Operational Healthcare: Ready to Care for Our Warriors

Bibliography

Name: Beverly Smith

Rank: Lt. Col., USAF

Organization: The Geneva Foundation

Performance Site: 10<sup>th</sup> Medical Group, United States Air Force Academy, Colorado Springs, CO; Peterson Air Force Base Clinic, CO

Year Published: 2004

Abstract Status: Initial

Abstract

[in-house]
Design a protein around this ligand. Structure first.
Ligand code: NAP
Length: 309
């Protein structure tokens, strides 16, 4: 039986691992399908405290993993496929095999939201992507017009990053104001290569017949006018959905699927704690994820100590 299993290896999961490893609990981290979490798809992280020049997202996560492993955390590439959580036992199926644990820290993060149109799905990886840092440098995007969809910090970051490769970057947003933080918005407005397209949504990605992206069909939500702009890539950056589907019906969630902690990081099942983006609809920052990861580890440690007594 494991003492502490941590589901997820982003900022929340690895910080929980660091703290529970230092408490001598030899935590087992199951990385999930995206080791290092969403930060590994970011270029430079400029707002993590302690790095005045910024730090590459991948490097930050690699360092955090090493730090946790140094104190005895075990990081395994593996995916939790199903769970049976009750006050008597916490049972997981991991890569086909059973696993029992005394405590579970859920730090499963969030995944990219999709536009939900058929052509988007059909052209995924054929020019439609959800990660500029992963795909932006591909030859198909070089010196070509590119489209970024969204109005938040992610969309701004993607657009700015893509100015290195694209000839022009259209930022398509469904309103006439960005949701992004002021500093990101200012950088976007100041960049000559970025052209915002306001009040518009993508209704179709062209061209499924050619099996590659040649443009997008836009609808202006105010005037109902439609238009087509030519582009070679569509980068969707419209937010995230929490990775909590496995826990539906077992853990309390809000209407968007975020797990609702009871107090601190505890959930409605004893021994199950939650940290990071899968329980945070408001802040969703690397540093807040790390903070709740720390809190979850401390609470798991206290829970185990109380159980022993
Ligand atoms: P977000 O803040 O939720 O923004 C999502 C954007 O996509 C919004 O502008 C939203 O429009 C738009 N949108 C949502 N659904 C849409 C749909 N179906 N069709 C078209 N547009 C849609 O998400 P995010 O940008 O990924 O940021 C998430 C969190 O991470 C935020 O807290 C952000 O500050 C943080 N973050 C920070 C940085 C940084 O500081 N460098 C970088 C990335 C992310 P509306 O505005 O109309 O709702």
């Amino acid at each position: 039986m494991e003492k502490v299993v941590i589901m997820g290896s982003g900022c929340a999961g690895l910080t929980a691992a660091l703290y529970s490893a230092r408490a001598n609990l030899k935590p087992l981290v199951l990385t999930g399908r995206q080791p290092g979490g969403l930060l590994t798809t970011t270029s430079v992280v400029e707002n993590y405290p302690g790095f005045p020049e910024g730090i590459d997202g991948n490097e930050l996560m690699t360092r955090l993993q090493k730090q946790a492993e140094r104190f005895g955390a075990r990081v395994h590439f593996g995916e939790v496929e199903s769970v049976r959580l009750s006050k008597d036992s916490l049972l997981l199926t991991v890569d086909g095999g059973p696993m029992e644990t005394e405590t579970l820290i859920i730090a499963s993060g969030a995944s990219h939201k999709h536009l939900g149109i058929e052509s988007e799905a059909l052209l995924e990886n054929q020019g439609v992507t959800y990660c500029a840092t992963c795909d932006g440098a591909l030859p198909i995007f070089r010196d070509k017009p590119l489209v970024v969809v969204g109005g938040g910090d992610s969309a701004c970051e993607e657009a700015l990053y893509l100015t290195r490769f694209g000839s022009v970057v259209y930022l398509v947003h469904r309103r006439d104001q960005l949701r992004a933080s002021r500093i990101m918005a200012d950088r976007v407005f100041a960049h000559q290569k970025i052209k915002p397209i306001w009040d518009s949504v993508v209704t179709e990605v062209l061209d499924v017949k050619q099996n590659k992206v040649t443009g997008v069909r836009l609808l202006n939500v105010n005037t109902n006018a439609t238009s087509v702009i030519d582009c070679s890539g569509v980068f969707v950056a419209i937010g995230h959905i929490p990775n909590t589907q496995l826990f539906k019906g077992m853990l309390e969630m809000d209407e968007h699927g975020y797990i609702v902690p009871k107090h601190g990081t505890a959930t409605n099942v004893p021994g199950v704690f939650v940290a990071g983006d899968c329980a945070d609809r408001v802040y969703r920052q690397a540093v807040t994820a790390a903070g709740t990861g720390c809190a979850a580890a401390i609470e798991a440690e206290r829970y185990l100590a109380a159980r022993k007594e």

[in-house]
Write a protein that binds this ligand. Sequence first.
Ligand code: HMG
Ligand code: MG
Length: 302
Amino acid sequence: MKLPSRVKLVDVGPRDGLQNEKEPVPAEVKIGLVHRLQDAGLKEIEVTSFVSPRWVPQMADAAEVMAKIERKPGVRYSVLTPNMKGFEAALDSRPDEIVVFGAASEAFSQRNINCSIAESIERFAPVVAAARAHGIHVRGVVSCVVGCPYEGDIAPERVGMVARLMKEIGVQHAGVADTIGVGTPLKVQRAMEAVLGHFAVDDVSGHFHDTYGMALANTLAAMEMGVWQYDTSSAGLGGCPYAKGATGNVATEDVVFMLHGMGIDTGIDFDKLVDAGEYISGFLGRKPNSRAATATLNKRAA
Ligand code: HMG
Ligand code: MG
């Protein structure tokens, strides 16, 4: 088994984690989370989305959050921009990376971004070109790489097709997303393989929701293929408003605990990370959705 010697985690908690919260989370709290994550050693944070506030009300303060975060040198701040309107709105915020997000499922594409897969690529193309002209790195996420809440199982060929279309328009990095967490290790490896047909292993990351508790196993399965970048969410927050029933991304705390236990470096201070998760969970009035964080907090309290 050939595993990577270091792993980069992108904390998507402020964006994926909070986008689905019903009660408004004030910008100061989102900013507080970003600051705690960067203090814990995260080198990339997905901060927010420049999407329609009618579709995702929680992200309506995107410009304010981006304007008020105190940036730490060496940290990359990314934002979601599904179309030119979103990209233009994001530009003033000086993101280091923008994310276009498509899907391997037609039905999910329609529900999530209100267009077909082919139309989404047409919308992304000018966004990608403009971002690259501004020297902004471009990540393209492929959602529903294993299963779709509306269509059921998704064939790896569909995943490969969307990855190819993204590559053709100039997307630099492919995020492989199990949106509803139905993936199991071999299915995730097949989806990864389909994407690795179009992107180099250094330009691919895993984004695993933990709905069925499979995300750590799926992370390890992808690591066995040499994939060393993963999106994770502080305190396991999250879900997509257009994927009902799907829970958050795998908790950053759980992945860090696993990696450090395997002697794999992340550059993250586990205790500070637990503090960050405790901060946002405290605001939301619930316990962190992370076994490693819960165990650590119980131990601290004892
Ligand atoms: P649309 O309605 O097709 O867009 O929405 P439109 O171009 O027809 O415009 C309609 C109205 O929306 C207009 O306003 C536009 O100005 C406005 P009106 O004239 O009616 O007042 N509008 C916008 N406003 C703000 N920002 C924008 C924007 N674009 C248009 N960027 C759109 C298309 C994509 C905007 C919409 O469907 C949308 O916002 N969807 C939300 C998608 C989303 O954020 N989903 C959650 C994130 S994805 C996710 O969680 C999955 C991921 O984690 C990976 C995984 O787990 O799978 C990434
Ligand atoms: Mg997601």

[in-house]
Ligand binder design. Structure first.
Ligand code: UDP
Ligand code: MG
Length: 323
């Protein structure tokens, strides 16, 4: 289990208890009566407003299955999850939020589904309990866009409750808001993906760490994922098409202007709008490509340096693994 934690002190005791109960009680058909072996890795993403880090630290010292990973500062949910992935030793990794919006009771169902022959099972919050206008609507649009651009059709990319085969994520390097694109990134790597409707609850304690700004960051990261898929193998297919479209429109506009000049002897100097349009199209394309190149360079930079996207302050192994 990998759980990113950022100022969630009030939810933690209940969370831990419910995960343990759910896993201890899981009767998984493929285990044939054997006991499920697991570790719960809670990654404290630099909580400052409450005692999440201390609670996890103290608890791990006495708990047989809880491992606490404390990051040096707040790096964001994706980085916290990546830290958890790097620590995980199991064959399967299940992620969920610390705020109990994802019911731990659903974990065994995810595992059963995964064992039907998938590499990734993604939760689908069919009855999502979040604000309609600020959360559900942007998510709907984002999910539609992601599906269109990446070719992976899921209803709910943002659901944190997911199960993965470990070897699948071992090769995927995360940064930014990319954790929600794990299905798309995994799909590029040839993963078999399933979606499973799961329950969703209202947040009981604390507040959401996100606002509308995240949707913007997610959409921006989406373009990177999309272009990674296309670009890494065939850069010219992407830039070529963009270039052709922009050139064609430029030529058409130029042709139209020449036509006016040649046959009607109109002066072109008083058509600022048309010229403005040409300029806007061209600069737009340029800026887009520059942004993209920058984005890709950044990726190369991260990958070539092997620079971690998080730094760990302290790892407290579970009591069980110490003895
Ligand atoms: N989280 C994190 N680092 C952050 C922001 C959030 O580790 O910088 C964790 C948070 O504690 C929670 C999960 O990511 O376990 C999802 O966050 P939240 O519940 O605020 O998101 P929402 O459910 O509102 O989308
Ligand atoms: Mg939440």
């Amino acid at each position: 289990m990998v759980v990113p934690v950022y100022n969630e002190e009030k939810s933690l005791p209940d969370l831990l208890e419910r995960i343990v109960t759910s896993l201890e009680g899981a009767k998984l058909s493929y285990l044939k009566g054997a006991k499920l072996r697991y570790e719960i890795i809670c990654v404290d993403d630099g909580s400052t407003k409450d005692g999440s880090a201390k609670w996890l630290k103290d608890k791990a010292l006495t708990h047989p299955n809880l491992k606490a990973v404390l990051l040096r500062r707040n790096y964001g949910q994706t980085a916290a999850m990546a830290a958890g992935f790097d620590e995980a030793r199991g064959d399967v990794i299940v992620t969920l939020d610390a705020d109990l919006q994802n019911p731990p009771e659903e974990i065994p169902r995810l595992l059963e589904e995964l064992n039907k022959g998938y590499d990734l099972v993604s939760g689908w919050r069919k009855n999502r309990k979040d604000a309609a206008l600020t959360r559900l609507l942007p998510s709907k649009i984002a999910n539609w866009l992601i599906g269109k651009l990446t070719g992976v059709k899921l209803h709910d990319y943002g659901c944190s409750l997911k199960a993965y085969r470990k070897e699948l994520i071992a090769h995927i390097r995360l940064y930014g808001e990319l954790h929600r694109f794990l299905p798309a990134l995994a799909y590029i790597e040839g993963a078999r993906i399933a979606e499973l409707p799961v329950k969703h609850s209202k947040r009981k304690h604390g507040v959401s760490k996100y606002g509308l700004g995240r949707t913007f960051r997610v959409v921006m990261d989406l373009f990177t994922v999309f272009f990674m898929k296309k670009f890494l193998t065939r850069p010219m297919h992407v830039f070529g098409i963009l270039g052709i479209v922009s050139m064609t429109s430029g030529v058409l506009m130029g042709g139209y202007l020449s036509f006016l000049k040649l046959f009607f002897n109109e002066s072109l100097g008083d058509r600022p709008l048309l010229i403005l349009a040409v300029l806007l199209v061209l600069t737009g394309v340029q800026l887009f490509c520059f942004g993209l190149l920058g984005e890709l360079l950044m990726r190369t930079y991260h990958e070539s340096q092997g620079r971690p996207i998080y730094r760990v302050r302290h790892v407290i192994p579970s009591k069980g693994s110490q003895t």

The events of September 11 and the onset of military operations in support of OPERATION Enduring Freedom/Iraqi Freedom propelled readiness training to provide operationally relevant health care center stage. The unique characteristics of the casualties seen during wartime, which include victims of bomb blasts, gun shot wounds and severe blunt trauma from motor vehicle and helicopter crashes, are seldom seen during peacetime missions. Over 87% of the Air Force Medical System (AFMS) medical treatment facilities have 100 beds or less. The only Level I trauma center, which routinely cares for victims of trauma is Wilford Hall Medical Center (WHMC). Thus, nurses in all other smaller facilities must find alternative methods to ensure their readiness to care for these casualties.This study seeks to replicate a TSNRP funded study previously conducted at WHMC (N99-P04) at an AF community-sized hospital (10th Medical Group - US Air Force Academy) to determine the readiness of AF clinical nurses to provide deployment health care to these unique casualties. The replication of this study is imperative as the distinctive care environment at WHMC limits the generalizability of the findings of the previous study to the remainder of the AFMS. The study will use a state-of-the-art simulation facility along with previously validated simulation teaching and evaluation instruments, cognitive exam and self-assessment tools. The participants will receive instruction and will be evaluated on their ability to care for patients with the most common injury patterns observed during military operations (bomb blast victims, patients with severe orthopedic and neurological injuries, burns and airway compromise).Using a pretest-posttest experimental design the study will determine if an educational intervention improves the readiness of Air Force active duty nurses (46N3) as demonstrated by their performance in the simulation lag, cognitive evaluation and self-assessment. Study aims include determination of (1) differences in performance, cognitive knowledge, and self-assessment of the ability to provide care between baseline and immediately after the educational intervention and (2) the sustainment of those skills and knowledge one month after the intervention. The study results will inform future readiness training for the entire AFMS.